Immediately following Brad Molnar's plea for individual rights, and the cheers of pure-water advocates, Mayor Tooley scolded residents, saying they must refrain from applauding, which would show favoritism (no one applauded for fluoridation.) However, his condescending words were unwarranted, since Molnar was the last to speak.
Councilman Dave Brown then motioned for the council to approve a vote of the people. It was voted down. Evidently with intent to ignore the overwhelming objections of Billings' residents, Councilman Mark Kennedy insisted that the council should make the decision. Also without apparent regard for the hours of individual testimonies, Councilman Michael Larson snidely dismissed possible health risks that could lead to lawsuits, saying, That's why we have a legal department.
The council voted for fluoride. Councilman Dave Brown stood alone opposing fluoridation.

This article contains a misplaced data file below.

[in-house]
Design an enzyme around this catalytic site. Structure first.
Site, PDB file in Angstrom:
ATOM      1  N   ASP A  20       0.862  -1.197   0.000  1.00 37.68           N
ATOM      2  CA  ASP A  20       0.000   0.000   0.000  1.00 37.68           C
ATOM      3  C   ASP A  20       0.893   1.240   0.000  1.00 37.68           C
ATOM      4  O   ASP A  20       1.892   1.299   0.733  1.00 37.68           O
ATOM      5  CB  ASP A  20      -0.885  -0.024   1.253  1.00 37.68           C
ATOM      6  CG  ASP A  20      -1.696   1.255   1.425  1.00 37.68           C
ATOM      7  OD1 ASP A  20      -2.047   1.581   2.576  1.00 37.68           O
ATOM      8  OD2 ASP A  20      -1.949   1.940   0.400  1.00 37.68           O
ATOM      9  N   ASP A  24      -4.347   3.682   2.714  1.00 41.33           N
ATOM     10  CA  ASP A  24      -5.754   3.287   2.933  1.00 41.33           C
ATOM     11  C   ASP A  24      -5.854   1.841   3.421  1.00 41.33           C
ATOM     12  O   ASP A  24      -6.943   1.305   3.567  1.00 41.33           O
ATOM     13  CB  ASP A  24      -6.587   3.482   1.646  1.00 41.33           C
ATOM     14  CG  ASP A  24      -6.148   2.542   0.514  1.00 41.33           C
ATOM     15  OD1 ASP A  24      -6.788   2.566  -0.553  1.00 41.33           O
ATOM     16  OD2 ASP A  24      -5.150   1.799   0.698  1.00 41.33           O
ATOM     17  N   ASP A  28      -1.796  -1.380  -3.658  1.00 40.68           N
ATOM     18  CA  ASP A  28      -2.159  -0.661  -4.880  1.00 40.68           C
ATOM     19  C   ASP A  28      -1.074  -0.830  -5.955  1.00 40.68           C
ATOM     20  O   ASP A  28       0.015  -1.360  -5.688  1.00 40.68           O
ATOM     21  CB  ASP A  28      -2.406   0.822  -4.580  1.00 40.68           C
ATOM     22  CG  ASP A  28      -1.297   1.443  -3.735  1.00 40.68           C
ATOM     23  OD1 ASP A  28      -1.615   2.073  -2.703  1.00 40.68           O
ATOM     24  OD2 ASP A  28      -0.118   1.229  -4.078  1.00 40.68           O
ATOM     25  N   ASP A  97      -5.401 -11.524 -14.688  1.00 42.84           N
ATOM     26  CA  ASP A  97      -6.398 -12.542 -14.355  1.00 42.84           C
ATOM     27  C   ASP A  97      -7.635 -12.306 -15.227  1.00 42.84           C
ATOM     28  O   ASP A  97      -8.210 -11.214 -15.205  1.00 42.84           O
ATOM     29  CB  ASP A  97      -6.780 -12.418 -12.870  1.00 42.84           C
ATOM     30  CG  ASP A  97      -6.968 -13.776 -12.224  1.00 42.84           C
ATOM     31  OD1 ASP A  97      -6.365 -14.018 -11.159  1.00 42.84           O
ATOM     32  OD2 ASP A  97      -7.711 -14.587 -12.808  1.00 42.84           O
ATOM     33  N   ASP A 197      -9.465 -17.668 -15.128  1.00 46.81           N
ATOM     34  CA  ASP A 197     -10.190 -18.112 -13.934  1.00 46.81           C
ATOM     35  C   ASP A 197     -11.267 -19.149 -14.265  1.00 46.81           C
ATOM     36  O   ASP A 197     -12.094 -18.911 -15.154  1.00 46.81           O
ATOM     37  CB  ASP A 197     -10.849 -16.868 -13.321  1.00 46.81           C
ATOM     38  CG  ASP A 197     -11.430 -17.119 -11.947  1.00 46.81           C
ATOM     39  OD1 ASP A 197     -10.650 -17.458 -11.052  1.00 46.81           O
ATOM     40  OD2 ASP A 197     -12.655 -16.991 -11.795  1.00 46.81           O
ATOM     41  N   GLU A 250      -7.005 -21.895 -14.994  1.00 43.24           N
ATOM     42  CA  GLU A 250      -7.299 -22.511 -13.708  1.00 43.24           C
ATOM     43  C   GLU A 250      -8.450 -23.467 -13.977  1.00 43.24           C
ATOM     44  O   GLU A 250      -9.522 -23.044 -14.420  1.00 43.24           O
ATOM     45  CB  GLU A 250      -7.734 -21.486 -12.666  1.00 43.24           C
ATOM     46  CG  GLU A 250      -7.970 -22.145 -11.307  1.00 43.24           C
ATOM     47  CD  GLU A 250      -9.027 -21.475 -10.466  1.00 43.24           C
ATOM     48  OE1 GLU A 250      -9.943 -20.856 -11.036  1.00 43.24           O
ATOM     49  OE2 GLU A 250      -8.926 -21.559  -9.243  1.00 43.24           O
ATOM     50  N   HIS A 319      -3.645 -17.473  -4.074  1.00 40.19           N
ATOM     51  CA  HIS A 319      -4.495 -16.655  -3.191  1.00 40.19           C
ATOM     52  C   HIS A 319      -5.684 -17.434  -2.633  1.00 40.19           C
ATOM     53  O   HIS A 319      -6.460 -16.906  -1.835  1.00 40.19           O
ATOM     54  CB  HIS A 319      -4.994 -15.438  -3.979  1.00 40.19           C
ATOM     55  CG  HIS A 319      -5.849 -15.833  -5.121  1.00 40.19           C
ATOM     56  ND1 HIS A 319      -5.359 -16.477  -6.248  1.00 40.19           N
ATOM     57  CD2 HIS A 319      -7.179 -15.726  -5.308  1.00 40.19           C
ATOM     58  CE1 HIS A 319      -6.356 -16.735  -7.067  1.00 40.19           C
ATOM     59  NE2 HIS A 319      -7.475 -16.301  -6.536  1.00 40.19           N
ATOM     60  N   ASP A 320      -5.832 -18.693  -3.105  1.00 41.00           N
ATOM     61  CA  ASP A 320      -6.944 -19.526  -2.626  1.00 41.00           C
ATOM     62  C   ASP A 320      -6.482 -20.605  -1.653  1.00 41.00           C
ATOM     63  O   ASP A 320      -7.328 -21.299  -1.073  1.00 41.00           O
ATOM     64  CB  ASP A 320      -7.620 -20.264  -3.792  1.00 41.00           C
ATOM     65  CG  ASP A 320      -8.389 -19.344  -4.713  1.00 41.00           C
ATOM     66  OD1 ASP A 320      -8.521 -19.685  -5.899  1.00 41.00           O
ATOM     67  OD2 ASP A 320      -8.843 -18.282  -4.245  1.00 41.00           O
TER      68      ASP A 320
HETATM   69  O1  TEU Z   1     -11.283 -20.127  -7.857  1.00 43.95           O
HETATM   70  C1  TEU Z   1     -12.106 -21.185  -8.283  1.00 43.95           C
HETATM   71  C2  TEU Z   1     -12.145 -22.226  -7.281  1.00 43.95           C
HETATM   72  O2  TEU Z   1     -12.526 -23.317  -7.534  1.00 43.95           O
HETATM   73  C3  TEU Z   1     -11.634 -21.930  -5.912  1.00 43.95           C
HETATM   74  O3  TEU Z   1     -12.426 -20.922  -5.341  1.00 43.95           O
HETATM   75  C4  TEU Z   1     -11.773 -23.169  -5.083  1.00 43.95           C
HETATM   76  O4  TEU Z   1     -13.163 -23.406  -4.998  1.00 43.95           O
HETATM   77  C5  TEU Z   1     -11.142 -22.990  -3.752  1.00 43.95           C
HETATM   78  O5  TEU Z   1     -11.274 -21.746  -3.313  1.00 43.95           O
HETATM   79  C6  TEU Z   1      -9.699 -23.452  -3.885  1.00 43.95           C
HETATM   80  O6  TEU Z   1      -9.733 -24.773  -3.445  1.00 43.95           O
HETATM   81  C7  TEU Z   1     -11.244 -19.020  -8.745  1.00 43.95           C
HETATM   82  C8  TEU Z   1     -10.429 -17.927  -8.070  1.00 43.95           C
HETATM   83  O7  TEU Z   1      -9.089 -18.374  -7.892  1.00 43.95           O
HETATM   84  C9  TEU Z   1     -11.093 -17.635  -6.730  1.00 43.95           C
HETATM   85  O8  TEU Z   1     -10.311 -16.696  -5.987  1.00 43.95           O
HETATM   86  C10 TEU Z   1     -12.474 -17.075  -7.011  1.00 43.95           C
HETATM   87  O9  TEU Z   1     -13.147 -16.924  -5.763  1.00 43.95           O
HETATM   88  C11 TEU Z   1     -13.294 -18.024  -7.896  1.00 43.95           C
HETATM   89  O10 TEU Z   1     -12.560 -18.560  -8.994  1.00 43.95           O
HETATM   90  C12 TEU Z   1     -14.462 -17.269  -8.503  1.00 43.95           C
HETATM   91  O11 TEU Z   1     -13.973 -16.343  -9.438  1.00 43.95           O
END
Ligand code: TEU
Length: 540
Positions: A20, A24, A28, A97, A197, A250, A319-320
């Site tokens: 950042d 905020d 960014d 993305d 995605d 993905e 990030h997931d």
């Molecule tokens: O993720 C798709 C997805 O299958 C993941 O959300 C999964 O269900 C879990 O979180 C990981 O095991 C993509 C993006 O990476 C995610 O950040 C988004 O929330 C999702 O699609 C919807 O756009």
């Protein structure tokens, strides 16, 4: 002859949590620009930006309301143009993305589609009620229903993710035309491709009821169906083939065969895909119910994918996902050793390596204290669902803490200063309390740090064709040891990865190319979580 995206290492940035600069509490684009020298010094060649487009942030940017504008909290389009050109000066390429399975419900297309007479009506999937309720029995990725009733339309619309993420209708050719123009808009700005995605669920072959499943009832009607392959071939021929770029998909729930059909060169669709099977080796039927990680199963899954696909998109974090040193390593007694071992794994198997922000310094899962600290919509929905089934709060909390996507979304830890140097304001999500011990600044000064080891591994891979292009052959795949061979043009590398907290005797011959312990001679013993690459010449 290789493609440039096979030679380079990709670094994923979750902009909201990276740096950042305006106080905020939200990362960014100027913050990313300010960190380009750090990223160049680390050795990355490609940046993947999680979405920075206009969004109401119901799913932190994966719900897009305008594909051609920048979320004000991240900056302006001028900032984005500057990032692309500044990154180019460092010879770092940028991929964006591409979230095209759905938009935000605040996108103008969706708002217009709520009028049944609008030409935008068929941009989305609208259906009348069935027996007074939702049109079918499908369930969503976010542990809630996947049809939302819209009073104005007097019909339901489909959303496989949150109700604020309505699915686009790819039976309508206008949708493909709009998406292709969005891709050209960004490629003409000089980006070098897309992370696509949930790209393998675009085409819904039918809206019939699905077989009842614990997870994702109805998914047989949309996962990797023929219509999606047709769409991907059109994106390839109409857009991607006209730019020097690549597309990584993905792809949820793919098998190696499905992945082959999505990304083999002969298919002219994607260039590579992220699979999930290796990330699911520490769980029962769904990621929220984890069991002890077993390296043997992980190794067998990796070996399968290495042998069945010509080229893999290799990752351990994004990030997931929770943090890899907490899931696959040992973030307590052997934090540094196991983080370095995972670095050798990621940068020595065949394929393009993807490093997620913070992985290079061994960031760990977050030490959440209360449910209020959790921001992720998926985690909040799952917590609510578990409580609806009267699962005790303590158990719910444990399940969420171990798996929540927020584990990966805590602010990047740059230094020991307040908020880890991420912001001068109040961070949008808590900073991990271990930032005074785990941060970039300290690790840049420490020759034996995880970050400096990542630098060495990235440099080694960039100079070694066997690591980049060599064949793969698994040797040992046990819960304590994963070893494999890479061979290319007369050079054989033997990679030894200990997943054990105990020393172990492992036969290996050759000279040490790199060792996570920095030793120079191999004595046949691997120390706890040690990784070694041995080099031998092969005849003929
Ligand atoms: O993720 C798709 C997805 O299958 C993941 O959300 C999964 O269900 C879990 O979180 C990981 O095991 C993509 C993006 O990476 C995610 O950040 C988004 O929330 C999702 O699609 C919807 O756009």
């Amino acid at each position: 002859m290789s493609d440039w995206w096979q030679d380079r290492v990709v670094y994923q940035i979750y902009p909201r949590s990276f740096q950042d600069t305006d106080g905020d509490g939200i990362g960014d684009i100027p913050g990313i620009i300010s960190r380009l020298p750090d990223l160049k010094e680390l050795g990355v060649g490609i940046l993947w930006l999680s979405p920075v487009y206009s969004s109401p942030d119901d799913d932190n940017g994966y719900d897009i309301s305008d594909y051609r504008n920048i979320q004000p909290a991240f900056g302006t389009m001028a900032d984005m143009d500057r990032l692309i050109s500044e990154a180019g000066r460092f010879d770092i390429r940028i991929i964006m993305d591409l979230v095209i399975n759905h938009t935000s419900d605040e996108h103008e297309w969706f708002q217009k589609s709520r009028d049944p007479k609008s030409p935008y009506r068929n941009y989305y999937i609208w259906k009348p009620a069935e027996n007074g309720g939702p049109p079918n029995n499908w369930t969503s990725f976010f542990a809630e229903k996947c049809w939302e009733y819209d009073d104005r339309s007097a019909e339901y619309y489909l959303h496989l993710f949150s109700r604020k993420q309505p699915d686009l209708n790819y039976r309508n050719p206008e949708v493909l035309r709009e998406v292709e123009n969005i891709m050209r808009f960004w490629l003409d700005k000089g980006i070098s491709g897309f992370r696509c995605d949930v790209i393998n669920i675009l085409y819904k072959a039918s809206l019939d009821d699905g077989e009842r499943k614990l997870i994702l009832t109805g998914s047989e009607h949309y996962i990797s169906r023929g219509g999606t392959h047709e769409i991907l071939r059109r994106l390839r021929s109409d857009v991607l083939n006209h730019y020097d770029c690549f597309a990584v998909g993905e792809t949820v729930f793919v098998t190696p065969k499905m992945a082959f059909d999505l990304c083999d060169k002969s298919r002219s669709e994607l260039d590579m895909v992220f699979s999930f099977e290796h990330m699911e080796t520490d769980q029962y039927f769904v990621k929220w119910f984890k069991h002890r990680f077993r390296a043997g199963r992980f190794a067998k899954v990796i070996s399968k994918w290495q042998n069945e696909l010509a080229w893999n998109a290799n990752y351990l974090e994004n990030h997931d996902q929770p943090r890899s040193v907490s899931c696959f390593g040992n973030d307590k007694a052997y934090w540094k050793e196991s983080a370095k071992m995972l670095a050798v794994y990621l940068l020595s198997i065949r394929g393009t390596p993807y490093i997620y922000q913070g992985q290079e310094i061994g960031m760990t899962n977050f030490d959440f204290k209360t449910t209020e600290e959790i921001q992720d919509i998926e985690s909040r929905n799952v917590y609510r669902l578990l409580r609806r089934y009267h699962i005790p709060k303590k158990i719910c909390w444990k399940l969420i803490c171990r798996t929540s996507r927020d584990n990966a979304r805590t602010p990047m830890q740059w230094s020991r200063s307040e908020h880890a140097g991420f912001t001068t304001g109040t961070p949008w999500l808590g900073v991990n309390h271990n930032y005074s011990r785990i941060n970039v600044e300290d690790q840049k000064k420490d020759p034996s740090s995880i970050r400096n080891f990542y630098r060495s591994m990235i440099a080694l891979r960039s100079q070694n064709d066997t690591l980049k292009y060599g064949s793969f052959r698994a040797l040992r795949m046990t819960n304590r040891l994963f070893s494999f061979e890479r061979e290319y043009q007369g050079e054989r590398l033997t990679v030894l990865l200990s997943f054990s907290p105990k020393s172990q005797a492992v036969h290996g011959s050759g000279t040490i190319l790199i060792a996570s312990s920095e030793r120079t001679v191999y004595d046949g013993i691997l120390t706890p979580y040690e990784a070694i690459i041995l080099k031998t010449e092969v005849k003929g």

Tooley again scolded citizens, hearing their groan and shuffle as they heard the final decision and got up to leave, insulted by the effrontery of council members voting against them.
The council could have delayed the vote for additional hearings, or delayed for time to better weigh the medical and legal implications. They knew there was already some fluoride in the water, why insist on adding more, on buying equipment, on paying higher water rates, over so many objections?
The Northern Light is a pro-American newspaper from Billings, Montana founded in 1992. It can be found on the web at www.ttc-cmc.net/~nlight; or called at (406) 669-7777.